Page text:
Palm trims prices on three handhelds

The hardware division of the handheld maker cut prices by up to 20 percent on three of its devices, including its latest product, the Tungsten T.

Richard Shim Staff Writer, CNET News.com
Richard Shim
writes about gadgets big and small.
Richard Shim
2 min read
The hardware division of handheld maker Palm made price cuts of up to 20 percent on three of its devices, including its latest product, the Tungsten T.

The Milpitas, Calif.-based Palm Solutions Group said Tuesday that effective immediately it has cut prices on the m130, the m515 and the Tungsten T, which was unveiled in late October. The m130 had been selling for $249 and was reduced 20 percent to $199. The Tungsten T was also cut 20 percent to $399, and the m515, which dropped in price in late September, was cut to $299 from $349.

The m130 and the m515 sold well in the fourth quarter, which is traditionally one of the peak selling periods of the year. The m130 was the No. 2 best-selling unit, and the m515 was the fifth best-selling unit, according to retail market tracker NPDTechworld. The Tungsten T ranked as one of least popular handhelds sold in the fourth quarter at No. 14.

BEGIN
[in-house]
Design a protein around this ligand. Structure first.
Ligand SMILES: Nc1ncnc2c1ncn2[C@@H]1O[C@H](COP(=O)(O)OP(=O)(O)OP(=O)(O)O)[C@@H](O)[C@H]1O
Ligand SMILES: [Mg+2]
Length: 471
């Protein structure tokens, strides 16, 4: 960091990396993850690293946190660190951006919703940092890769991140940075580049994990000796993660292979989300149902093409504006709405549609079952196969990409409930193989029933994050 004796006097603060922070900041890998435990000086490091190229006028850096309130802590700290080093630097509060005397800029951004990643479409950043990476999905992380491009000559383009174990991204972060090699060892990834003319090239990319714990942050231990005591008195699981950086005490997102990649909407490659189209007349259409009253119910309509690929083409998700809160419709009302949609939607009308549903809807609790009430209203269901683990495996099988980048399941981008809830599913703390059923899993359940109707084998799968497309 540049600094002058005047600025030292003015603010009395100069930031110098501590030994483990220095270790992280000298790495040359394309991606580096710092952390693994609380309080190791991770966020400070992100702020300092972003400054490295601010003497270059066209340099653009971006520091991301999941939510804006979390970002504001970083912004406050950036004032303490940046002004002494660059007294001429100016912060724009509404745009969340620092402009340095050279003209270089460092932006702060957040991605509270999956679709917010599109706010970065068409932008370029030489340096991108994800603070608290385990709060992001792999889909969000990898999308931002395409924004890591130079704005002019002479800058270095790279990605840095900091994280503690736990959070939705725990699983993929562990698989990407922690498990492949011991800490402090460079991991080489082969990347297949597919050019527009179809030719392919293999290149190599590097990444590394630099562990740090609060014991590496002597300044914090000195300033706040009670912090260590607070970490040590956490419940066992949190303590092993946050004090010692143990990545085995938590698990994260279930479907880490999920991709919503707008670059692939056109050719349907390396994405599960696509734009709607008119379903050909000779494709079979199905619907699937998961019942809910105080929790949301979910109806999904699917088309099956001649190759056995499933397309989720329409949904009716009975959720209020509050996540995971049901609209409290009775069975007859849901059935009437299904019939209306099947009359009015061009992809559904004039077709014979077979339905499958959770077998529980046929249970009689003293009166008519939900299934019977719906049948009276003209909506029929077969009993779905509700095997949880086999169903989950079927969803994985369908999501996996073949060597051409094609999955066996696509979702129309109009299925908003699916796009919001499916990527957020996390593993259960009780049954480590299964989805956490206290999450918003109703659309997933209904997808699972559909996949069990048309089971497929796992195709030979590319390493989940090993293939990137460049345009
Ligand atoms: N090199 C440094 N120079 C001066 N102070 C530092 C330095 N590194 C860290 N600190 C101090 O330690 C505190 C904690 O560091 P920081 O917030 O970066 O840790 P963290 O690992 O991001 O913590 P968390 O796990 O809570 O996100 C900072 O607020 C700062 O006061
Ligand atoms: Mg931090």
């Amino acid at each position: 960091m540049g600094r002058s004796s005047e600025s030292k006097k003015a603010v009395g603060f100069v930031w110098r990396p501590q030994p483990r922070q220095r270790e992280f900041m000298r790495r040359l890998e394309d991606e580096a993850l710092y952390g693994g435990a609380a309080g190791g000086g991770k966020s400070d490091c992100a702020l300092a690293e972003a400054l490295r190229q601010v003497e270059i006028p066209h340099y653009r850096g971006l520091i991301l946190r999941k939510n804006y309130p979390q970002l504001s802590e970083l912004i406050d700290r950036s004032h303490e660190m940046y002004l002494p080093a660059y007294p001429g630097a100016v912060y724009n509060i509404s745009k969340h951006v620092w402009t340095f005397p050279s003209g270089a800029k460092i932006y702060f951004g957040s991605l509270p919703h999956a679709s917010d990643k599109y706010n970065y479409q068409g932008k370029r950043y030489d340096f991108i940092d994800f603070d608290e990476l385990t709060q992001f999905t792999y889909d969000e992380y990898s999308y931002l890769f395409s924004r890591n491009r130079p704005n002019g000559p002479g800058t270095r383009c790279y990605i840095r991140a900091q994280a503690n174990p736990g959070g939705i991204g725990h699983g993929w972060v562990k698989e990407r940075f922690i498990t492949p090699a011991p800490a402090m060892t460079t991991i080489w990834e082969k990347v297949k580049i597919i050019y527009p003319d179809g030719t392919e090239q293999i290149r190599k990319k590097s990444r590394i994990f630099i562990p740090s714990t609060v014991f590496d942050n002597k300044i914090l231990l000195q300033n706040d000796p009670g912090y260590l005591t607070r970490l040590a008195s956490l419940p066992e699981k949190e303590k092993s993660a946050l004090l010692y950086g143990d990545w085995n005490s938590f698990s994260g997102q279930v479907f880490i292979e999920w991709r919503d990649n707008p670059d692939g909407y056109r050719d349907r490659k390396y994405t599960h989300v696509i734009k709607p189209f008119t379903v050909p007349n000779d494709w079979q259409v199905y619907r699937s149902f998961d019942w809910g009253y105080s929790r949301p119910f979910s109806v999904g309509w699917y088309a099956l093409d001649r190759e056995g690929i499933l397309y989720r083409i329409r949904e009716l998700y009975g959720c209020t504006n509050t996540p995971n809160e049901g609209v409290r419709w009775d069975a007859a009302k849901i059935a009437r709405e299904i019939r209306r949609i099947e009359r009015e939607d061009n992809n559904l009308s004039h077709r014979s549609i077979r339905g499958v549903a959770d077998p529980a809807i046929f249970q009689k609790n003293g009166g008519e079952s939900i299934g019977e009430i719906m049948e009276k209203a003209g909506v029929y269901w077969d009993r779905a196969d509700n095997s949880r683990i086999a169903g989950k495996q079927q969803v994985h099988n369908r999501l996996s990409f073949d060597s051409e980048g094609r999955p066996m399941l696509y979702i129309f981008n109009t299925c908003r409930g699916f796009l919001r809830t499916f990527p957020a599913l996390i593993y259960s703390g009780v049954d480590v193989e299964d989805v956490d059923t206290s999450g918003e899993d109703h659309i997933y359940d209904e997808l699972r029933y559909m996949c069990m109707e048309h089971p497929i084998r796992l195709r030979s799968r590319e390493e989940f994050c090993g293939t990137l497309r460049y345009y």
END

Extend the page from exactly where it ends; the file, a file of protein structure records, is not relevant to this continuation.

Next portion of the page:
Handheld buyers focus more on price during the holiday season, according to Stephen Baker, an NPDTechworld analyst. Average selling prices fell to $217 in the fourth quarter compared with $260 in the first quarter. Palm was able to capitalize on the trend toward lower prices in the fourth quarter with its $99 Zire, which was the top seller in the market.

Palm said in an e-mail that the price moves were designed to increase sales and create additional demand for the handheld category by attracting new consumers. The company has been targeting mainstream, less tech-savvy, buyers. The company's operating system subsidiary, PalmSource, in mid-January said that it would begin using a new and more intuitive handwriting-recognition software to replace its signature Graffiti program.

Palm and other handheld makers have been looking for new methods to resuscitate the slumping handheld industry, which shipped 9 percent less devices in 2002 than in 2001, according to Dataquest, a unit of research firm Gartner.